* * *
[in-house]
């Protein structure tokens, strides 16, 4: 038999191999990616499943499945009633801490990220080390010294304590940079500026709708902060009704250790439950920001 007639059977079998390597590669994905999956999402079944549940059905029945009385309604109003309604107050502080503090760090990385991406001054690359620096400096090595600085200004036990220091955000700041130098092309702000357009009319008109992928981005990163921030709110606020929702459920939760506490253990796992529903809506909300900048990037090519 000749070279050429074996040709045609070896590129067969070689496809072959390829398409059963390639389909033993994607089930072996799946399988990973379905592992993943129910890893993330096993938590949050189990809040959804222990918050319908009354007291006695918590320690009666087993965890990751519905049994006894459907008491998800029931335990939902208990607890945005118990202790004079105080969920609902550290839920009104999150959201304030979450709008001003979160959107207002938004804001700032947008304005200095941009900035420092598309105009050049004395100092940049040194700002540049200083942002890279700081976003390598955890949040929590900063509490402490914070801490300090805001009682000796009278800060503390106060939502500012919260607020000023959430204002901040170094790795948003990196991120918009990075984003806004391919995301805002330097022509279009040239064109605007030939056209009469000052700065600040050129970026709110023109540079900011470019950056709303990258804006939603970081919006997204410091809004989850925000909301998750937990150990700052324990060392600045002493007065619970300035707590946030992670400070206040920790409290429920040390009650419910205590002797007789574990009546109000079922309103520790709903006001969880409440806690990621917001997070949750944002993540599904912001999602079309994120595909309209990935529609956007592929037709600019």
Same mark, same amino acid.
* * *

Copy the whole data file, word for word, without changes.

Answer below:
[in-house]
């Protein structure tokens, strides 16, 4: 038999191999990616499943499945009633801490990220080390010294304590940079500026709708902060009704250790439950920001 007639059977079998390597590669994905999956999402079944549940059905029945009385309604109003309604107050502080503090760090990385991406001054690359620096400096090595600085200004036990220091955000700041130098092309702000357009009319008109992928981005990163921030709110606020929702459920939760506490253990796992529903809506909300900048990037090519 000749070279050429074996040709045609070896590129067969070689496809072959390829398409059963390639389909033993994607089930072996799946399988990973379905592992993943129910890893993330096993938590949050189990809040959804222990918050319908009354007291006695918590320690009666087993965890990751519905049994006894459907008491998800029931335990939902208990607890945005118990202790004079105080969920609902550290839920009104999150959201304030979450709008001003979160959107207002938004804001700032947008304005200095941009900035420092598309105009050049004395100092940049040194700002540049200083942002890279700081976003390598955890949040929590900063509490402490914070801490300090805001009682000796009278800060503390106060939502500012919260607020000023959430204002901040170094790795948003990196991120918009990075984003806004391919995301805002330097022509279009040239064109605007030939056209009469000052700065600040050129970026709110023109540079900011470019950056709303990258804006939603970081919006997204410091809004989850925000909301998750937990150990700052324990060392600045002493007065619970300035707590946030992670400070206040920790409290429920040390009650419910205590002797007789574990009546109000079922309103520790709903006001969880409440806690990621917001997070949750944002993540599904912001999602079309994120595909309209990935529609956007592929037709600019």
Same mark, same amino acid.